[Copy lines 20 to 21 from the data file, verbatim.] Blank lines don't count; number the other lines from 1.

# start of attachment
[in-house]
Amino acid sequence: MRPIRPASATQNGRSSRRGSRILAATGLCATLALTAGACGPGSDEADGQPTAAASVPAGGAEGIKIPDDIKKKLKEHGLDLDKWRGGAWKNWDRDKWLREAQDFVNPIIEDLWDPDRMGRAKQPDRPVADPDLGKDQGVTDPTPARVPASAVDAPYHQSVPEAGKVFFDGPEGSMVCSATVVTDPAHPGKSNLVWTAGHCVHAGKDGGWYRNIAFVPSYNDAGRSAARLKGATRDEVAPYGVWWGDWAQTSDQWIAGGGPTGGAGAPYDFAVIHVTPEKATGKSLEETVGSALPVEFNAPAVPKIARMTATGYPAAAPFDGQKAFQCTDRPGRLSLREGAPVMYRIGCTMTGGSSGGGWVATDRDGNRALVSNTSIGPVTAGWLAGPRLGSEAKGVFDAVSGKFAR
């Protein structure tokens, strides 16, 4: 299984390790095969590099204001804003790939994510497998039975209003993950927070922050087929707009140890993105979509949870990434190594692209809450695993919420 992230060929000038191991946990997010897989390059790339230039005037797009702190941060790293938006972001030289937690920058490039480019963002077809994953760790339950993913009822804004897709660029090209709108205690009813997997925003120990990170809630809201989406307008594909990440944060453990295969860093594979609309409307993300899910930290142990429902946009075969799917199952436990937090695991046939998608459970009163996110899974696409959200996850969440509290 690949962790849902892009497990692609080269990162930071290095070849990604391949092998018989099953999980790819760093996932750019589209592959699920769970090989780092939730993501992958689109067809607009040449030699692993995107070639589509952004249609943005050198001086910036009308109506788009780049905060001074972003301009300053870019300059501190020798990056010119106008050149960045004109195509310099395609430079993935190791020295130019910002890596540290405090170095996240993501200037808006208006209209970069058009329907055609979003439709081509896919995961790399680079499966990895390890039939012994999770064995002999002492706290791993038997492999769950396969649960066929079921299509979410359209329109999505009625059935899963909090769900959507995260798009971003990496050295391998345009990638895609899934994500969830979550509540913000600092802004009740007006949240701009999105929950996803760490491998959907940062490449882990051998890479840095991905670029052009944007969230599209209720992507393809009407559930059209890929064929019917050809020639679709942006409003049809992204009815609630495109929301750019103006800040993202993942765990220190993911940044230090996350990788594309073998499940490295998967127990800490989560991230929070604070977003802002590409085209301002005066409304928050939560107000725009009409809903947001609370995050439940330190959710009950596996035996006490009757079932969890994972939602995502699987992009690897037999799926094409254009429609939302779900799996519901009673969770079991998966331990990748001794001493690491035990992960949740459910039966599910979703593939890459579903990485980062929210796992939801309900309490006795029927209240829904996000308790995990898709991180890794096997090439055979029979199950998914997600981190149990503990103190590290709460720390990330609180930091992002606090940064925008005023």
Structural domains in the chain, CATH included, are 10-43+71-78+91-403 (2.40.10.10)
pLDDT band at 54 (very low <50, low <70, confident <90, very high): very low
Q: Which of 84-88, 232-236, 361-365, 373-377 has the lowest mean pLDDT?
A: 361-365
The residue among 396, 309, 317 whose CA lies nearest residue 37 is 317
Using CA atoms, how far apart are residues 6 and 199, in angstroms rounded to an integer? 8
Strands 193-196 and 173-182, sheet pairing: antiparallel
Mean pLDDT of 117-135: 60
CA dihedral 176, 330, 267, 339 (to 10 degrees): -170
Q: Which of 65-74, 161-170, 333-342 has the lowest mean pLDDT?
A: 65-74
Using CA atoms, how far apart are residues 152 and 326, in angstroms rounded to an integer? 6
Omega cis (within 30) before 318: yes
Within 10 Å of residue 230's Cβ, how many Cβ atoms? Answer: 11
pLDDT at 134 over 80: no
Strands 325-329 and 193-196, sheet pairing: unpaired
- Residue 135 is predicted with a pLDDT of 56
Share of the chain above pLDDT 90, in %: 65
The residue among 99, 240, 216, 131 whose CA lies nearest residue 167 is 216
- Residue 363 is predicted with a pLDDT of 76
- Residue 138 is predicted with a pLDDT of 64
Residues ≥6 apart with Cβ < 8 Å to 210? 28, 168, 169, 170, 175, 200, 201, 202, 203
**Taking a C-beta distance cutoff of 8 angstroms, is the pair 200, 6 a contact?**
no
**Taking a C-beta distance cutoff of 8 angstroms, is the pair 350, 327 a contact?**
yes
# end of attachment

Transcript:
- Residue 135 is predicted with a pLDDT of 56
Share of the chain above pLDDT 90, in %: 65